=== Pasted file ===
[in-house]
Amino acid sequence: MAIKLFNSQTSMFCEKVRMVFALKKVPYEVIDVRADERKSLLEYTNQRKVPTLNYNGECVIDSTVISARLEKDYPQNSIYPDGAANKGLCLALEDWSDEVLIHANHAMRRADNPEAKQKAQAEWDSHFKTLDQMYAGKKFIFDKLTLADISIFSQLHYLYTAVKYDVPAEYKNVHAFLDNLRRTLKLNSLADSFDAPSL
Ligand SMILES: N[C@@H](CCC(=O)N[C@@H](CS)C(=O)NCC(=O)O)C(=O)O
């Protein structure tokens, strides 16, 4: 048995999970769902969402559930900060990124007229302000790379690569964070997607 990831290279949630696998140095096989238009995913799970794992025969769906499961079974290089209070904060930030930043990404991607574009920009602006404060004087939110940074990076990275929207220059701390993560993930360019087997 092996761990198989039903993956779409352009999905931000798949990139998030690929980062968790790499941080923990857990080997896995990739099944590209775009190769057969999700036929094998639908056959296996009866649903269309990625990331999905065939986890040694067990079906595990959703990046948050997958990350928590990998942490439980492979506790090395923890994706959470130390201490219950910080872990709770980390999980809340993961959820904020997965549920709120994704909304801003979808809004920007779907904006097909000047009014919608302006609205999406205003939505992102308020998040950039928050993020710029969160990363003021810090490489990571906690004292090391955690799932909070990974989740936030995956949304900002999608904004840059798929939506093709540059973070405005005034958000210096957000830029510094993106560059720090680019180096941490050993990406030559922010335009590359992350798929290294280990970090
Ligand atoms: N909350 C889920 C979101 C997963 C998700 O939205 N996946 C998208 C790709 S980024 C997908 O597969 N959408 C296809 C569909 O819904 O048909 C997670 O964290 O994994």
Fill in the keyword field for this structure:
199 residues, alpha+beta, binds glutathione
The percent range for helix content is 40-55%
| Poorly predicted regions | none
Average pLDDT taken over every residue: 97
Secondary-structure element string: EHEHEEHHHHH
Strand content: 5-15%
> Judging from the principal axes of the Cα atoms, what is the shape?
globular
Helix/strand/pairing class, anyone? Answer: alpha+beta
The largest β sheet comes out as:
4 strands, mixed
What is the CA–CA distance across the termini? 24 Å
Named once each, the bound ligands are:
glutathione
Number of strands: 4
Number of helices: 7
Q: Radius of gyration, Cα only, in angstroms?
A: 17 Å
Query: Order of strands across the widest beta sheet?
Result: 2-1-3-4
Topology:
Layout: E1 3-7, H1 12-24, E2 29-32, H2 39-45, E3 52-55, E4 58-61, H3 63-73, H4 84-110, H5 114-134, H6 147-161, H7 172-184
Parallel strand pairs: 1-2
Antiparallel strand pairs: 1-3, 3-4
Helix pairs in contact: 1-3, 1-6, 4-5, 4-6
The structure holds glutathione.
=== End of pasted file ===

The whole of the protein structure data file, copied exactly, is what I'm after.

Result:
[in-house]
Amino acid sequence: MAIKLFNSQTSMFCEKVRMVFALKKVPYEVIDVRADERKSLLEYTNQRKVPTLNYNGECVIDSTVISARLEKDYPQNSIYPDGAANKGLCLALEDWSDEVLIHANHAMRRADNPEAKQKAQAEWDSHFKTLDQMYAGKKFIFDKLTLADISIFSQLHYLYTAVKYDVPAEYKNVHAFLDNLRRTLKLNSLADSFDAPSL
Ligand SMILES: N[C@@H](CCC(=O)N[C@@H](CS)C(=O)NCC(=O)O)C(=O)O
């Protein structure tokens, strides 16, 4: 048995999970769902969402559930900060990124007229302000790379690569964070997607 990831290279949630696998140095096989238009995913799970794992025969769906499961079974290089209070904060930030930043990404991607574009920009602006404060004087939110940074990076990275929207220059701390993560993930360019087997 092996761990198989039903993956779409352009999905931000798949990139998030690929980062968790790499941080923990857990080997896995990739099944590209775009190769057969999700036929094998639908056959296996009866649903269309990625990331999905065939986890040694067990079906595990959703990046948050997958990350928590990998942490439980492979506790090395923890994706959470130390201490219950910080872990709770980390999980809340993961959820904020997965549920709120994704909304801003979808809004920007779907904006097909000047009014919608302006609205999406205003939505992102308020998040950039928050993020710029969160990363003021810090490489990571906690004292090391955690799932909070990974989740936030995956949304900002999608904004840059798929939506093709540059973070405005005034958000210096957000830029510094993106560059720090680019180096941490050993990406030559922010335009590359992350798929290294280990970090
Ligand atoms: N909350 C889920 C979101 C997963 C998700 O939205 N996946 C998208 C790709 S980024 C997908 O597969 N959408 C296809 C569909 O819904 O048909 C997670 O964290 O994994």
Fill in the keyword field for this structure:
199 residues, alpha+beta, binds glutathione
The percent range for helix content is 40-55%
| Poorly predicted regions | none
Average pLDDT taken over every residue: 97
Secondary-structure element string: EHEHEEHHHHH
Strand content: 5-15%
> Judging from the principal axes of the Cα atoms, what is the shape?
globular
Helix/strand/pairing class, anyone? Answer: alpha+beta
The largest β sheet comes out as:
4 strands, mixed
What is the CA–CA distance across the termini? 24 Å
Named once each, the bound ligands are:
glutathione
Number of strands: 4
Number of helices: 7
Q: Radius of gyration, Cα only, in angstroms?
A: 17 Å
Query: Order of strands across the widest beta sheet?
Result: 2-1-3-4
Topology:
Layout: E1 3-7, H1 12-24, E2 29-32, H2 39-45, E3 52-55, E4 58-61, H3 63-73, H4 84-110, H5 114-134, H6 147-161, H7 172-184
Parallel strand pairs: 1-2
Antiparallel strand pairs: 1-3, 3-4
Helix pairs in contact: 1-3, 1-6, 4-5, 4-6
The structure holds glutathione.